With little time in the morning, and tighter budgets, many parents might be falling into the sandwich-crackers-fruit rut when it comes to making lunch. These "classics" can be nutritious, but they may get – well – a little boring for your kids.
Mix things up by taking time every once in awhile to create more appealing meals. Foods that will not only have your kids excited to find out what’s in their lunchboxes, but will also give them extra energy to make it through the school day! Here are a few ideas to get you started.
Add a few shakes of salt, pepper and garlic powder to taste into about 1/4 cup of plain yogurt. Glop the yogurt mixture in a line down the middle of a pita. Add sliced pieces of grilled chicken. Toss in some finely chopped lettuce and wrap the sandwich in aluminum foil. (You can also use mini-pita pockets.)
Coat the insides of mini-bagels with flavored cream cheese. Put two or three in your child’s lunch, depending on his appetite. Mix and match flavors, like strawberry (make your own with fruit preserves added to softened, plain cream cheese) or peanut butter cream cheese (follow the same procedure).
Purchase soft dinner rolls. Make your own sliders by putting in different meat, vegetable, and cheese combos – turkey and a slice of pickle in one, roast beef and sharp cheddar in another. Better yet, let your child choose!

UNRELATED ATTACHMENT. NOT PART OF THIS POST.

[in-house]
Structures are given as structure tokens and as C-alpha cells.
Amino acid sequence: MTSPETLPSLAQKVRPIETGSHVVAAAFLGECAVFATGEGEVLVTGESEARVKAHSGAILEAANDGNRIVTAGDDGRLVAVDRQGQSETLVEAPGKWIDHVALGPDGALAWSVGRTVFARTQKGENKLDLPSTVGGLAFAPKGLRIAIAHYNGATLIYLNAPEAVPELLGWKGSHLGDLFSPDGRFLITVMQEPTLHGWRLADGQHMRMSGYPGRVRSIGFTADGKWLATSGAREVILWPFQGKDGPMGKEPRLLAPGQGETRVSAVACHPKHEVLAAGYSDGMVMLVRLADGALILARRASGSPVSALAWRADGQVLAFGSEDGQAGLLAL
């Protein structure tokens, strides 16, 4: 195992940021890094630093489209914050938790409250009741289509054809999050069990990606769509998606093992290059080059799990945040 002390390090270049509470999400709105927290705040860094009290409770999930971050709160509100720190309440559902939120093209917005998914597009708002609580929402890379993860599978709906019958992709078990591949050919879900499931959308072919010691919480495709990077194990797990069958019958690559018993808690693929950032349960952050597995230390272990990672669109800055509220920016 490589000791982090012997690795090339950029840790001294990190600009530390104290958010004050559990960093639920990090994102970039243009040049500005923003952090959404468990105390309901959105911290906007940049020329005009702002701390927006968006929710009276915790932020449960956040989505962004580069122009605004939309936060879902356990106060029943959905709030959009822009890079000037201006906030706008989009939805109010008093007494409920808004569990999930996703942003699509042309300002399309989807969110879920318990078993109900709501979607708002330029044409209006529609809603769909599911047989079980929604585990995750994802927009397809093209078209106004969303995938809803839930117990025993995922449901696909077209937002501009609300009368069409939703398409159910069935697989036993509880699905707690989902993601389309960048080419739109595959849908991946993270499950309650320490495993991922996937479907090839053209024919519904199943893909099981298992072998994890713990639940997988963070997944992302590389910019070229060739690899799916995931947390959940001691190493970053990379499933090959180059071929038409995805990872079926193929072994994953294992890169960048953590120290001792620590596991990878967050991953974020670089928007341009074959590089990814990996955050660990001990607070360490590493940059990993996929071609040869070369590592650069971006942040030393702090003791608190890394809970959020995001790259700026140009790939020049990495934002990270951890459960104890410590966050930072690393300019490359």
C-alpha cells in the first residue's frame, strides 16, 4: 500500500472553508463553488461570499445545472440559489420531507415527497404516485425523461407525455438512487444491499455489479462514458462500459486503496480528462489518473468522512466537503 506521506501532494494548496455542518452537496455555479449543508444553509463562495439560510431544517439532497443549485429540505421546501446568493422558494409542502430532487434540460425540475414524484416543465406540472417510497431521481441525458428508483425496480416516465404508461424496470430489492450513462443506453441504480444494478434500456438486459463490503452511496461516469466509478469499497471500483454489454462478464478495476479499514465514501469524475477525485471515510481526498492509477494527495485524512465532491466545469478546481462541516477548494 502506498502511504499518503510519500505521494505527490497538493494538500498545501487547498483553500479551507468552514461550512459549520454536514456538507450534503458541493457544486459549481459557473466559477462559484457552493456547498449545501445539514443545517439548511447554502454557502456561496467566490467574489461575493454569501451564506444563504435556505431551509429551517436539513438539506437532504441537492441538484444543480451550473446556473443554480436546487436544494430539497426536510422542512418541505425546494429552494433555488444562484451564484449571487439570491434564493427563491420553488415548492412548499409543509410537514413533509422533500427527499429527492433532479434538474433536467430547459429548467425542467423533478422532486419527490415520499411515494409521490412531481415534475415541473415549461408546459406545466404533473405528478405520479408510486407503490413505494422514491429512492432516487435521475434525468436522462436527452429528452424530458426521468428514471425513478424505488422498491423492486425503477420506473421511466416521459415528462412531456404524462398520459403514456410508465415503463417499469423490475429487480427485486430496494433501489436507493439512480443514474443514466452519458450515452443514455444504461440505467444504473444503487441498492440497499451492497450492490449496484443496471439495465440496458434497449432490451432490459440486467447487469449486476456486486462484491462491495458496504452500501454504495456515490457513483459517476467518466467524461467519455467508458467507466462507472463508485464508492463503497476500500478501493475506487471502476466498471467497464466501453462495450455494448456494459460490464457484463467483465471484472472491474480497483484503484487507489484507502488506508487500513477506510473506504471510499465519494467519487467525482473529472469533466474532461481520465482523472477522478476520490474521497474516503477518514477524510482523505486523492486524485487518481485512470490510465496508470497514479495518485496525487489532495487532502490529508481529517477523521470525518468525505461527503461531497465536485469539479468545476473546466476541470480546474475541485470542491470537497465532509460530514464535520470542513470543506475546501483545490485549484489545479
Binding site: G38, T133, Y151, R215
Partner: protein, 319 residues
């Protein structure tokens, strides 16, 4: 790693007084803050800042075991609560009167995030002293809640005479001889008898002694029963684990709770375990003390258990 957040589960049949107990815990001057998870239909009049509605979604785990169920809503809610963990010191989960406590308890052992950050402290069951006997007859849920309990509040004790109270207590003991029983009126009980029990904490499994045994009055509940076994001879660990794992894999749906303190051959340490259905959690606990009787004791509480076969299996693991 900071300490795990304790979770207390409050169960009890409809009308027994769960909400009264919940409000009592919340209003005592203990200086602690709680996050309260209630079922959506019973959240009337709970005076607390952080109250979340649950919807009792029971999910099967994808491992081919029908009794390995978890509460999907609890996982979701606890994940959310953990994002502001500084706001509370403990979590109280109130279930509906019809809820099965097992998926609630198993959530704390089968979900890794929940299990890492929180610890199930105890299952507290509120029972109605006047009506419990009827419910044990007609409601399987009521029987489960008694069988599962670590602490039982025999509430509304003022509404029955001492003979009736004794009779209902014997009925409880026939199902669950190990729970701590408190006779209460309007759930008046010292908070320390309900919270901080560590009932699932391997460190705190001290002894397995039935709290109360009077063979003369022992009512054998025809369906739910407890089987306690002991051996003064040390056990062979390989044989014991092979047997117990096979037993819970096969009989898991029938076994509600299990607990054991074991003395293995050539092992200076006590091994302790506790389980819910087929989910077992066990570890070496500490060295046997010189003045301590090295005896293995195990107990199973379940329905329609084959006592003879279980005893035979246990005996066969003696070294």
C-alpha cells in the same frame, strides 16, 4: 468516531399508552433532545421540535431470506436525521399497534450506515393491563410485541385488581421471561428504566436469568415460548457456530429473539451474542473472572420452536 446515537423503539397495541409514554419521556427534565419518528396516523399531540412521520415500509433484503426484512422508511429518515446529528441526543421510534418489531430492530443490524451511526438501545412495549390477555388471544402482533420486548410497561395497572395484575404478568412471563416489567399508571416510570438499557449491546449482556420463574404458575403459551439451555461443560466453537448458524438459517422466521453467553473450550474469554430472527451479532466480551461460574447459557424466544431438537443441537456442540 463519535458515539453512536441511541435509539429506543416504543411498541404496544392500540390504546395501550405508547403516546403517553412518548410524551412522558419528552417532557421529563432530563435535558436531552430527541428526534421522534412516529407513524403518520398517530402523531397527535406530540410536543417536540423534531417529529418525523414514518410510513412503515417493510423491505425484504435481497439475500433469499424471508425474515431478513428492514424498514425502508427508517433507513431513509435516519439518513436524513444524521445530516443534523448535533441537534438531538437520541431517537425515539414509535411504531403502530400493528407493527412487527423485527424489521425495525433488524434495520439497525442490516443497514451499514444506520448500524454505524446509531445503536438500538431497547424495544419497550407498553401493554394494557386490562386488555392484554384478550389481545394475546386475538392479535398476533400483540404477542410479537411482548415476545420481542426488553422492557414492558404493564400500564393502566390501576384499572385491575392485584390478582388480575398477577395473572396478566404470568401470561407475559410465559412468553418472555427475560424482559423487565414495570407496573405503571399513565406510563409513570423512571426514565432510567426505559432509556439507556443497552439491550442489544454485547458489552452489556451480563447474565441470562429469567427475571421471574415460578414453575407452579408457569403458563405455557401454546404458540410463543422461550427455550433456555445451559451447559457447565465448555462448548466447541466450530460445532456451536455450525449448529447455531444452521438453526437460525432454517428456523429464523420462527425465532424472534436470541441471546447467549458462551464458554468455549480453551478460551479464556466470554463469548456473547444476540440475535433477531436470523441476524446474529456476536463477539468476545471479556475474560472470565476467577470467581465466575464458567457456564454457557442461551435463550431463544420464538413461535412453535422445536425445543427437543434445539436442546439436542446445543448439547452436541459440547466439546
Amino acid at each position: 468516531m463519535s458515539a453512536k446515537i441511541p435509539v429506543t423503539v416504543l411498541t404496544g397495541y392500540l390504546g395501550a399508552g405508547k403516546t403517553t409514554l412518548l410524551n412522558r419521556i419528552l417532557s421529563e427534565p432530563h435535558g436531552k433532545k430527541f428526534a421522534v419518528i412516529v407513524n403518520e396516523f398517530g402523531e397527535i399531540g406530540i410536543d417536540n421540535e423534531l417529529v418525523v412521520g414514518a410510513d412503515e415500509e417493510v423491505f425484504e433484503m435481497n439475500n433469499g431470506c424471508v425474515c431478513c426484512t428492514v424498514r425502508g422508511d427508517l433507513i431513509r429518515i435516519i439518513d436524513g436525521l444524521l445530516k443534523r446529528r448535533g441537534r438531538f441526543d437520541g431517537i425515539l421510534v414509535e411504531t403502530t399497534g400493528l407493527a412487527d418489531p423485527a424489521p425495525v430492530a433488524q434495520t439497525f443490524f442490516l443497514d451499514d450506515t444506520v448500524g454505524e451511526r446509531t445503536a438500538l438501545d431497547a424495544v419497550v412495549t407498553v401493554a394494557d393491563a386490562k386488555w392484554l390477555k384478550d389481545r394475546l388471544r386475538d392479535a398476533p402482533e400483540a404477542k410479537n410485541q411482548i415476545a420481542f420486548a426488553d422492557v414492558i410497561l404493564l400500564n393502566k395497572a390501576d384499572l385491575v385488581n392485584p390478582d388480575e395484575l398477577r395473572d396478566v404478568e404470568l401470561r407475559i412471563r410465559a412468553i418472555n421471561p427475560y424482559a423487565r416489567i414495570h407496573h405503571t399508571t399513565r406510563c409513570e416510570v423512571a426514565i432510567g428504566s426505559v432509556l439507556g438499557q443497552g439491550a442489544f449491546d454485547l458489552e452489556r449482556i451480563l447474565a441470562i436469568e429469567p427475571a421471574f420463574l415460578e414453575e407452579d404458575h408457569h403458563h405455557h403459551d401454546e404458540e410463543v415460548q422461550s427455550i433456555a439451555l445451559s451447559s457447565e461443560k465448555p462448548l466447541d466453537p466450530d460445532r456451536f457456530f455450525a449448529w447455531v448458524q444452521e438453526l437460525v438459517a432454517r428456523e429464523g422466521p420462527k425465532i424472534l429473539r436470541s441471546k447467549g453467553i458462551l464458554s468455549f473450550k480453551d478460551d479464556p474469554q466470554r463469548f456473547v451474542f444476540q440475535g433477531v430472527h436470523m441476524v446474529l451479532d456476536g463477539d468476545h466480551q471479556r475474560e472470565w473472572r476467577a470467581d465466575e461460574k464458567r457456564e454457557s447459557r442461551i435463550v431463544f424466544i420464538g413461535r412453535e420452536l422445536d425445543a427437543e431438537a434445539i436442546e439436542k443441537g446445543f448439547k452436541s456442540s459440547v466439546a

Flavor sour cream or cream cheese with salt, pepper, onion powder and garlic powder to taste. Smear about 1/4 cup of this mixture on one half of a tortilla. Add a few thin slices of deli meat. Sprinkle with cheese or shredded carrots, if desired. Roll into a cylinder and pack in aluminum foil. There are several new varieties of tortillas, including different colors and vitamin-enriched offerings.
To keep your creations fresh, cool and safe for eating, don’t forget to put a cold pack in your child’s lunch box!
Susanne Gunsorek, a registered dietitian and the director of food and nutrition at Providence Park Hospital in Novi, says that if you want foods that will help your children maintain their concentration, think B for brain foods, vitamin B, that is. Examples include granola, tuna, yogurt, cheese, meats, milk and dark, leafy greens.